Cover Cropping. Why Do They Do That?

In the spring, you might see some interesting looking plants popping up over last season’s crop remnants. What may seem like early growing weeds could actually be a way for farmers to promote soil and water health and reduce erosion in a system called cover cropping.

What is a cover crop?

Cover crops, also called “green manure”, are short-seasoned plants that grow quickly after the ground thaws in the spring . Farmers will plant these crops in the fall after harvest to help give the land extra cover when their main crop, generally corn or soybeans in Iowa, is not established in the late fall and early spring months.


What do cover crops do?

Though there are many types of plants used in cover cropping systems, they all serve some of the same purposes. They help hold the soil together to reduce erosion, they serve as a guard against runoff (promoting water quality downstream), suppress weed growth, use different nutrients than cash crops, and can help build healthier soils by increasing organic matter and reducing compaction.

Why do farmers plant cover crops?

Some of the biggest benefits of cover cropping are nutrient recycling and soil and water health. If a farmer plants cover crops, their soil health will increase, and their main crop can see a yield boost. Farmers also realize that taking care of their soil is important, because without it, none of their crops could grow.

How do farmers plant cover crops?

There are a variety of ways farmers can establish their cover crops. Many farmers will drill the seeds into the ground to avoid extra tillage of the soil, which can cause increased erosion. Other farmers will have small airplanes or helicopters do aerial seedings. Other farmers may plant using a broadcast system that scatters the seed, or precision planting with a corn or soybean planter.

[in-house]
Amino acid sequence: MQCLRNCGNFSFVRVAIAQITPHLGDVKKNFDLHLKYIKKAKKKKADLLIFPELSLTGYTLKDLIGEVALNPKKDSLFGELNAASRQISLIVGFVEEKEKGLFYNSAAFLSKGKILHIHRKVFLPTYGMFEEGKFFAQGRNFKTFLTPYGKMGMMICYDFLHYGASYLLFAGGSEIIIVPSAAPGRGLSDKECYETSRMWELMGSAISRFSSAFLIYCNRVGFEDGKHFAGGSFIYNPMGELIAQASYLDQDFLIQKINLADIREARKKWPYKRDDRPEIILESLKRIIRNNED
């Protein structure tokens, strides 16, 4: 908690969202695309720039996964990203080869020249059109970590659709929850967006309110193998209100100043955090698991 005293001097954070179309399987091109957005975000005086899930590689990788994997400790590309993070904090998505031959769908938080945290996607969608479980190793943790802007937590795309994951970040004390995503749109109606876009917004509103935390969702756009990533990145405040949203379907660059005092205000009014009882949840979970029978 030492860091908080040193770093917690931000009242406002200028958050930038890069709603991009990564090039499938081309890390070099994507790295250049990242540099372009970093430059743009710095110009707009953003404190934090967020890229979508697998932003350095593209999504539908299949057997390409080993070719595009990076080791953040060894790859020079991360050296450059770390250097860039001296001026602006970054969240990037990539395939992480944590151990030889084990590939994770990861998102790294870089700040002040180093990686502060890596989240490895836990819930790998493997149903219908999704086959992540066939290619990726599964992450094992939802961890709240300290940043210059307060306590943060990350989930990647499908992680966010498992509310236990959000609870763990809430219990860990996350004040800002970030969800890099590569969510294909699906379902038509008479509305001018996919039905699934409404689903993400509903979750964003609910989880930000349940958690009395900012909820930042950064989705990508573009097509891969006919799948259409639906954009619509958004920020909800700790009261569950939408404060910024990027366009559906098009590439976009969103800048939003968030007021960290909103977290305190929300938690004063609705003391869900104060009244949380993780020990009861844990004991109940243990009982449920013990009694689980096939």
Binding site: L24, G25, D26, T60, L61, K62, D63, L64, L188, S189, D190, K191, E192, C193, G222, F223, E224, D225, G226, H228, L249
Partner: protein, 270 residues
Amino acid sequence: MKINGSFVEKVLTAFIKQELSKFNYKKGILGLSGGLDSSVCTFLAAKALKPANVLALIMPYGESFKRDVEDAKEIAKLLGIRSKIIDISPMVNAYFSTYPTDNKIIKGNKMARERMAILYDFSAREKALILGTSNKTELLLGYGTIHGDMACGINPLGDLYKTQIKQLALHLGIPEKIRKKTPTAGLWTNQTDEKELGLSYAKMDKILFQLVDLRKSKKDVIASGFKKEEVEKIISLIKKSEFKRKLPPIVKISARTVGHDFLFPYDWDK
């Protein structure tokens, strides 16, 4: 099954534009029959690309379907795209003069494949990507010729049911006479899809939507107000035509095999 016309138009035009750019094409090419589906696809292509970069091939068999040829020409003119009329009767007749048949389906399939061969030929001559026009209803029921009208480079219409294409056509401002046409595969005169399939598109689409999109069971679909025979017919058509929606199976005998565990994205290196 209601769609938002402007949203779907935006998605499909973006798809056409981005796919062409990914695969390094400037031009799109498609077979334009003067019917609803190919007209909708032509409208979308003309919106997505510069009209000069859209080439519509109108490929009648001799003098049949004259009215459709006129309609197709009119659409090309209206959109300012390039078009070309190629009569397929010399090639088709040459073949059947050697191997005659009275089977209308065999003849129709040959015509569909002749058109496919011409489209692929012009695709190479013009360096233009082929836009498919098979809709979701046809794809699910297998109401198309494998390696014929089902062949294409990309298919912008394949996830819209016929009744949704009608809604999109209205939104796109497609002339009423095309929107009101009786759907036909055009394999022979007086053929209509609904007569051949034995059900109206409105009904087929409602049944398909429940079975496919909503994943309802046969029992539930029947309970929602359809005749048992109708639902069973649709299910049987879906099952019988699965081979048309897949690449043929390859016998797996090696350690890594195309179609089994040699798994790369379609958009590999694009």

What kinds of plants are used as cover crops?

In Iowa, cereal rye is a commonly used cover crop. However, other small grains such as oats or triticale are also used, and some legumes such as crimson clover and hairy vetch  are used. Some farmers may even plant turnips or radishes! Producers can mix and match different kinds of plants according to their strengths and weaknesses to help them meet many goals with their cover crop rotation.

What do farmers do with cover crops?

Cover crops are interesting in that their main purpose is just to grow. Though some farmers may use them to graze cattle or to get added value from the plant, others may terminate them by mowing over them or by using herbicides.

All in all, this system of planting a short-season crop to break up regular cycles and to provide extra benefits to the environment is becoming more and more popular in the state. Farmers have found many different ways to make the idea work in their fields and operations, and will likely continue to find innovative and interesting ways to meet the same goals. What do you think will come next in cover cropping?


9 thoughts on “Cover Cropping. Why Do They Do That?

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